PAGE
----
Ten years ago, Landon Hall interviewed Margo Wootan, who was Director of Nutrition Policy at the Center for Science in the Public Interest, and who opined that…
[K]ids used to eat what their parents ate. But the trend in recent years is for kids’ tastes to rule the family dinner table as well. Too often, that means chicken nuggets, hot dogs, pizza or something else from that fat-and-carb family of foods… Changing this idea of what is a kid’s meal is crucial to solving child obesity. You can’t solve obesity if kids’ food is mostly junk.
The situation has not changed favorably since then. Should parents shoulder the blame? Actually, no. According to many experts, all the shame belongs to the food industry, which single-handedly invented the notion that children are entitled to have their “own foods,” and then sold the idea to kids and, unfortunately, even to some parents.
In January of 2014, Sean Poulter reported that according to the Food Standards Agency,
Nine in ten items at the check-outs of supermarket convenience stores would be considered ‘very unhealthy.’
The writer accused retail stores of being acutely aware of, and using, “pester power” (sometimes known as “nagging beyond endurance”). A display of chocolate never fails to trigger a barrage of whining, especially if the product is strategically placed in a low line of sight appropriate to humans age 3 to 5. He quoted Dr. Jason Horsley who said,
Youngsters […] will see something, want it and have a tantrum if they don’t get. It depends how brave the parent is as to whether they buy it or not.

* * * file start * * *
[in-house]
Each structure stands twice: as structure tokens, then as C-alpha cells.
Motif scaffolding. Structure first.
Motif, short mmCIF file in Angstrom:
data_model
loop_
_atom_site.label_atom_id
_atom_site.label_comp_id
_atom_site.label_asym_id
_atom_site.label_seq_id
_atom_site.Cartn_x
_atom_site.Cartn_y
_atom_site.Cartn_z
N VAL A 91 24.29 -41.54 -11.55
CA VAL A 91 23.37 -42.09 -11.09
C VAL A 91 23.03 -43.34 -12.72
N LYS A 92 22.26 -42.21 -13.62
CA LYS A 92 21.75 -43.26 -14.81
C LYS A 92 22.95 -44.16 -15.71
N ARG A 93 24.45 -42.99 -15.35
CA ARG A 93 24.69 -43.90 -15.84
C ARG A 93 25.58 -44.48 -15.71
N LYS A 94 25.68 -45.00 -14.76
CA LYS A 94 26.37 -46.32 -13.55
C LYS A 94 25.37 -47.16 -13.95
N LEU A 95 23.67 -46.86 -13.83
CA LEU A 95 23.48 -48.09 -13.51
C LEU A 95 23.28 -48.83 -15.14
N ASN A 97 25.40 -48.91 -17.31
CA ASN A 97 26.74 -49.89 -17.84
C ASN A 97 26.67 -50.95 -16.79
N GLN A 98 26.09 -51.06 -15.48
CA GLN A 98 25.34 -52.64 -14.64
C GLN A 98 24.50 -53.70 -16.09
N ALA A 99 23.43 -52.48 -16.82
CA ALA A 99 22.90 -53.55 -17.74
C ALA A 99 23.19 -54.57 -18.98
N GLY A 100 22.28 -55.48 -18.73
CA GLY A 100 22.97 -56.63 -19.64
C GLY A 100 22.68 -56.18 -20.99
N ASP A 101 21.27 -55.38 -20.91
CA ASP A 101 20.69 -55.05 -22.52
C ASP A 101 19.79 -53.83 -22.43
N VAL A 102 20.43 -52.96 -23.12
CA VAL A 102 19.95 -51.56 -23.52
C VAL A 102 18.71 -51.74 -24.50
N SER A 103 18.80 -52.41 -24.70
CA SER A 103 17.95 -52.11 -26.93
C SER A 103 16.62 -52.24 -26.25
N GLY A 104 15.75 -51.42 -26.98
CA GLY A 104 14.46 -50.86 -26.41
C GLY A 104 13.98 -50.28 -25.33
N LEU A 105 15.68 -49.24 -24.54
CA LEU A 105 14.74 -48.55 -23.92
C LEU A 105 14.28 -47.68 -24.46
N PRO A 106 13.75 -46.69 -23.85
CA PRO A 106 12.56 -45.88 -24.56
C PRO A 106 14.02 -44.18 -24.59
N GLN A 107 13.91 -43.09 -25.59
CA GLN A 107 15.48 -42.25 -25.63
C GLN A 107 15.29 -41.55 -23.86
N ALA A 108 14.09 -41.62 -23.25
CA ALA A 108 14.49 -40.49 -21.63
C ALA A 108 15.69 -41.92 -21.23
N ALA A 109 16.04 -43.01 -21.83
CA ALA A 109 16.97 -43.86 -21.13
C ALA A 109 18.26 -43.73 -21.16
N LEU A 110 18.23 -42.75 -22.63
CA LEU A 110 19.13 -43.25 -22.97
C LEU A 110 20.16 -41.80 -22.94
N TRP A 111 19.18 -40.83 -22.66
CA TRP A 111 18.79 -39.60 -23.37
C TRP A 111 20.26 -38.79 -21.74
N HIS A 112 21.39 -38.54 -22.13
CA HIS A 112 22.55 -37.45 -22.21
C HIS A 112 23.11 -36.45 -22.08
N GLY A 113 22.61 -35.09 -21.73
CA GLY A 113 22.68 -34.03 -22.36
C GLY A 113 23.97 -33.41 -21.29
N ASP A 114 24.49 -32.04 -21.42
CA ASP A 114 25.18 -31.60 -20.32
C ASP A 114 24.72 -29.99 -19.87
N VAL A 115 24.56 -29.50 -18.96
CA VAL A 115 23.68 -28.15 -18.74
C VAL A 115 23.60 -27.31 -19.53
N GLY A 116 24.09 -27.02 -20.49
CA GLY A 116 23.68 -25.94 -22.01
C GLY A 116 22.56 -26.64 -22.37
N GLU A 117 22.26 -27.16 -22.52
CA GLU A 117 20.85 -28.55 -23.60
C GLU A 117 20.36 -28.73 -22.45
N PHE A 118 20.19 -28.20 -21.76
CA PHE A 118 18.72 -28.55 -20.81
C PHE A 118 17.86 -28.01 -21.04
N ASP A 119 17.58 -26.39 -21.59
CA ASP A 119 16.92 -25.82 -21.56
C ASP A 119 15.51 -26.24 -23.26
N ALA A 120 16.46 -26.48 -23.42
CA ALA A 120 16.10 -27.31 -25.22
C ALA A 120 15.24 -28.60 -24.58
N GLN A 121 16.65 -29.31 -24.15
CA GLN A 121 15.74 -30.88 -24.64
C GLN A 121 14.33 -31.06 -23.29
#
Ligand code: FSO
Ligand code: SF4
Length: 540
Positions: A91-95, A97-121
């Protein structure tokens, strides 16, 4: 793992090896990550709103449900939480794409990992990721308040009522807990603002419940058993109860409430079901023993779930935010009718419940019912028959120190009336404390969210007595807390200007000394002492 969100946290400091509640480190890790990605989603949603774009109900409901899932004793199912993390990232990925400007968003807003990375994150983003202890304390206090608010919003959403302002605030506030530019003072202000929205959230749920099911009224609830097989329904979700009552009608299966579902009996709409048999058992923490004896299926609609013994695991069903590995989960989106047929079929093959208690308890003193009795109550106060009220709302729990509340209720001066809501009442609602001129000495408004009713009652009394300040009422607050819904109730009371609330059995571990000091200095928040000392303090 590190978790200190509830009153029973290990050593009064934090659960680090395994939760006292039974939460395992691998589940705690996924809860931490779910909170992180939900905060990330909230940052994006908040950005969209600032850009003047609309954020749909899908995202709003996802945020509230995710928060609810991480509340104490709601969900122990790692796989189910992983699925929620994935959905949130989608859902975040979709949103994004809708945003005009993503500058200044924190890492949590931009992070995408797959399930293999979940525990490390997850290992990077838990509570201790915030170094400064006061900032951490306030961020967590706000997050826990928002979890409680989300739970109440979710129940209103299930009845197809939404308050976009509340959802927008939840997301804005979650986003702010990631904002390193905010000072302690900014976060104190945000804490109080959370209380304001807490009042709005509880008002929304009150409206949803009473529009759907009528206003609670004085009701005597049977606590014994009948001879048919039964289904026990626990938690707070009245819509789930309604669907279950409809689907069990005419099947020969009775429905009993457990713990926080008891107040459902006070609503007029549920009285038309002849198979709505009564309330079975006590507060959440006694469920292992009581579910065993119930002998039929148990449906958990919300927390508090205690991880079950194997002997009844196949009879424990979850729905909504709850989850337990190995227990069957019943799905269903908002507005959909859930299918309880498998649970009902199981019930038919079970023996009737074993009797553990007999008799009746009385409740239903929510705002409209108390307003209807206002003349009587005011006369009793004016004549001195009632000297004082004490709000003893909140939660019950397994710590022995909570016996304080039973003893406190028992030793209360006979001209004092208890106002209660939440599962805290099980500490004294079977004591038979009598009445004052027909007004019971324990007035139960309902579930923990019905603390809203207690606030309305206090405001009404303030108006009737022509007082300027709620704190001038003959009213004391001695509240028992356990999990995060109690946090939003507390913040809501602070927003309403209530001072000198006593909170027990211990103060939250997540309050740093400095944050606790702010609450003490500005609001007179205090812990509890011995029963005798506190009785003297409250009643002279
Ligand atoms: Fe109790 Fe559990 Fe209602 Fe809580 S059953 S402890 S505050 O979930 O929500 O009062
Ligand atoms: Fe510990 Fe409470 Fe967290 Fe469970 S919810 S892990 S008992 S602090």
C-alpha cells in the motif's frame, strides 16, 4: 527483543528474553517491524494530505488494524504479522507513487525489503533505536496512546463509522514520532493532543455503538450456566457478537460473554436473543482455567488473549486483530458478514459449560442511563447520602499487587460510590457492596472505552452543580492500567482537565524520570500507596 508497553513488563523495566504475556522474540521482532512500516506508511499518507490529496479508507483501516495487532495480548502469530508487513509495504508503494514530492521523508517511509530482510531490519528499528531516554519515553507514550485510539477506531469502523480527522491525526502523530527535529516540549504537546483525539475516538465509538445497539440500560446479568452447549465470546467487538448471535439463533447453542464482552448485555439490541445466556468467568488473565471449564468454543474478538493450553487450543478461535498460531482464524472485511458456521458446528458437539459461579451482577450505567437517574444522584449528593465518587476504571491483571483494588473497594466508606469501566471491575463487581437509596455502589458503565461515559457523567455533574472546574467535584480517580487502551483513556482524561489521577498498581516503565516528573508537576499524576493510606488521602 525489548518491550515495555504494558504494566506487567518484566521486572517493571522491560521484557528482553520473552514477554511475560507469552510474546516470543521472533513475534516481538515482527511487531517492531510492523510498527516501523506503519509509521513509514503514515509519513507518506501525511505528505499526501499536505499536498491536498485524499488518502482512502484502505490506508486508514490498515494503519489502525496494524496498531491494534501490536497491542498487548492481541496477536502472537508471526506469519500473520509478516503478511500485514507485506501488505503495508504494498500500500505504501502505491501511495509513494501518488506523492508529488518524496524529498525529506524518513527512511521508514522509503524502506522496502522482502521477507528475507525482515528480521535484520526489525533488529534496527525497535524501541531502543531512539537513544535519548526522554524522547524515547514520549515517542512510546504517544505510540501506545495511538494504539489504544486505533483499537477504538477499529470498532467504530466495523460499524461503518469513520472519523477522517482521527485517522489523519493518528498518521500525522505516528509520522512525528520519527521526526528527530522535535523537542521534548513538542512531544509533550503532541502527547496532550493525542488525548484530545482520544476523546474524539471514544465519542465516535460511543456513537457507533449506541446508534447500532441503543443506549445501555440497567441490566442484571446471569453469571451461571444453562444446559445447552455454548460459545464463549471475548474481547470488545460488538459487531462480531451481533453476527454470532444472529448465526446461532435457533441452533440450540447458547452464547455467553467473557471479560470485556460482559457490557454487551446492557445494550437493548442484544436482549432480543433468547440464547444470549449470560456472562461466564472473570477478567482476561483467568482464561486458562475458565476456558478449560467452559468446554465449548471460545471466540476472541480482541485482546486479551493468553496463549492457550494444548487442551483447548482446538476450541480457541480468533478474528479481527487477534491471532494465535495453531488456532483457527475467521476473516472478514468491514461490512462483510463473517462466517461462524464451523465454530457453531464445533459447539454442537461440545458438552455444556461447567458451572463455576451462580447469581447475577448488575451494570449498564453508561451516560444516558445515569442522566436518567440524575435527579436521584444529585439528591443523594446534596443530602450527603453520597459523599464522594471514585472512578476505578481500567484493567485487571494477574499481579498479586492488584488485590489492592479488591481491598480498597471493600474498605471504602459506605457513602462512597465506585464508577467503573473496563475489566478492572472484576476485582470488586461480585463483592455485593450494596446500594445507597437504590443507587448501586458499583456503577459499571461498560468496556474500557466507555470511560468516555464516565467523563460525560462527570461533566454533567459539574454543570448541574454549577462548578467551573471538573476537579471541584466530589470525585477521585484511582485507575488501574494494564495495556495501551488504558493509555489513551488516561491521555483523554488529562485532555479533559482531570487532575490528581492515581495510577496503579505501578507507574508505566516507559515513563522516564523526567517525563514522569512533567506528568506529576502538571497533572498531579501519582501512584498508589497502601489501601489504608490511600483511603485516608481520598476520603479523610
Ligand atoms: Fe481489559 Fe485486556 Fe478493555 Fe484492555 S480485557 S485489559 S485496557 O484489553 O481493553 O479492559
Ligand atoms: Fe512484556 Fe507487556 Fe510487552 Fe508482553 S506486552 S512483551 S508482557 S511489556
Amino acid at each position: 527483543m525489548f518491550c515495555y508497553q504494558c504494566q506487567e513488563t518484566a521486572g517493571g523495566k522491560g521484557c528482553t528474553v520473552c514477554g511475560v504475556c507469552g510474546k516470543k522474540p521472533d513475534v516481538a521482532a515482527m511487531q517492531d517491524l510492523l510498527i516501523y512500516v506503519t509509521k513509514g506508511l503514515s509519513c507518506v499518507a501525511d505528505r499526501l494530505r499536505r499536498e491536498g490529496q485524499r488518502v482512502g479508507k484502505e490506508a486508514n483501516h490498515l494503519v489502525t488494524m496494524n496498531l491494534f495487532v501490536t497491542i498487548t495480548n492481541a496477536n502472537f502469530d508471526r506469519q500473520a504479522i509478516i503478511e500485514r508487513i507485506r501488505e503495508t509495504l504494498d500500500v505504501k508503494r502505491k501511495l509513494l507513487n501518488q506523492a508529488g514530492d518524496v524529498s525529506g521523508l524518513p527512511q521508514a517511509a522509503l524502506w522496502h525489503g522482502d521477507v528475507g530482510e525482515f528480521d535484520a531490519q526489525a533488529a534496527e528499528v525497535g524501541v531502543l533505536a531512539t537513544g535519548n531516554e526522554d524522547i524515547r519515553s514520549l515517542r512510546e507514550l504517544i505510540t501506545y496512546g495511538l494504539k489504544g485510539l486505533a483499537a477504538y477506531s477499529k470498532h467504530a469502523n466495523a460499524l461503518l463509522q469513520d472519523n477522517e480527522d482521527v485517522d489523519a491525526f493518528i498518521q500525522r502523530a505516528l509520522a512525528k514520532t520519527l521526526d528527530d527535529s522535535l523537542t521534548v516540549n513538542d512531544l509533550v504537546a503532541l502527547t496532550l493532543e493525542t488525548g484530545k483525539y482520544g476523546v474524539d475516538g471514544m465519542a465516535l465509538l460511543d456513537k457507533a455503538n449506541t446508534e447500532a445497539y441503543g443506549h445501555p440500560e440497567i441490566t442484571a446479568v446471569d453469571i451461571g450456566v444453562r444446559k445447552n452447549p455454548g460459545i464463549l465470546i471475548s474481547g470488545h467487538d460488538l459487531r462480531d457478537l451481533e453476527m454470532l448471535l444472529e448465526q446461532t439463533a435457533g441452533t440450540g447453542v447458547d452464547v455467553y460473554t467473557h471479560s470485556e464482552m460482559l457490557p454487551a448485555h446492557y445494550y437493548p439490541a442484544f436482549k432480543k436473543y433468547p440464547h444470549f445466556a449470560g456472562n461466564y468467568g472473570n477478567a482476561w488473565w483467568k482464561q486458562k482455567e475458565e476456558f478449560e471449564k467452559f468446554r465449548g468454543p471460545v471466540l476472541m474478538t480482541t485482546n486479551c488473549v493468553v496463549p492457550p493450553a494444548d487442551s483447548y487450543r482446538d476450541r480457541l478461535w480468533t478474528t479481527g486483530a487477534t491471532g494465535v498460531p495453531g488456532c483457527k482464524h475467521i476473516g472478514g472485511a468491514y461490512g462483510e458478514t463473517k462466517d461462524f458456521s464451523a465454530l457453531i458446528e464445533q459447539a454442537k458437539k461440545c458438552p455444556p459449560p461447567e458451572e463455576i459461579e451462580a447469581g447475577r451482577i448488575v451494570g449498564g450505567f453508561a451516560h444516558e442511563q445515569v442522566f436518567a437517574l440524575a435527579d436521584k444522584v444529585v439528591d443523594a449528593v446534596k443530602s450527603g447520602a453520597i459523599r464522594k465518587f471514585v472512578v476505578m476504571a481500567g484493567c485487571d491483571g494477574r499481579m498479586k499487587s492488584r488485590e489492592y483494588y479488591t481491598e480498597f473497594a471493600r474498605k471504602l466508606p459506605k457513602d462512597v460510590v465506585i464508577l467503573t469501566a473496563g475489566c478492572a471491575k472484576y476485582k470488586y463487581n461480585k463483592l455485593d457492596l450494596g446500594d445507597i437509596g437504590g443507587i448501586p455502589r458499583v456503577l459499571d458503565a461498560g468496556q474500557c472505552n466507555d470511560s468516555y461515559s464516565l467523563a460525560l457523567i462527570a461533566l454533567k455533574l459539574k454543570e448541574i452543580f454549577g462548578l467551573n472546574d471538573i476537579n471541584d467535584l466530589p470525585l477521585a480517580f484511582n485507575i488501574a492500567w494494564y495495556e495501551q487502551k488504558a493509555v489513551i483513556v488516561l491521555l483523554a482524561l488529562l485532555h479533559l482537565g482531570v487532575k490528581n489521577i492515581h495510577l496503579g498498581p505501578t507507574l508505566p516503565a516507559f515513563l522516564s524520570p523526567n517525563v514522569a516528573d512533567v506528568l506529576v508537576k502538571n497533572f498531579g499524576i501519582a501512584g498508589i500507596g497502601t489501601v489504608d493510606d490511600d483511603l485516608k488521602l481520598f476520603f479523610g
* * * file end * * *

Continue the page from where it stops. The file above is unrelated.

We can’t show a direct correlation between these displays and rising obesity. But we can say that supermarket check-outs selling junk food, making it cheap and readily available, are not going to reduce the nation’s obesity.
At that point in history, the average American child was absorbing around 16,000 TV commercials per year, a great many of them featuring food — and not good food. But even if all the offerings had been supremely healthful, an increasing number of adults were ideologically opposed to the audacity the industry showed in presuming to deal directly with children.
Journalist Bruce Watson quoted a British source, Ian Barber, who pontificated thusly:
Advertising becomes a proxy for complaints about particular companies, brands or products. Advertising isn’t the issue. The sort of advertisements that children see is the issue. But then you get into a very objective debate about how people feel about certain brands or services.
That incoherent declaration came, by the way, from the communications director of the Advertising Association in the U.K., and it doesn’t even make a lick of sense. Angry outbursts from parents and health professionals are anything but objective. They are, in fact, the epitome of subjectivity. People have strong personal convictions about this sort of thing, which tend to show. But those corporate types are so accustomed to spouting nonsense, they don’t even recognize it when it pours out of their own mouths.
Your responses and feedback are welcome!
Source: “When did kids start to eat apart from adults?,” OCRegister.com, 12/17/13
Source: “Supermarkets accused of using ‘pester power’,” DailyMail.co, 01/24/14
Source: “The tricky business of advertising to children,” TheGuardian.com, 02/24/14
Images by Jeff Boulter, Marco Verch Professional, Joe Shlabotnik/CC BY 2.0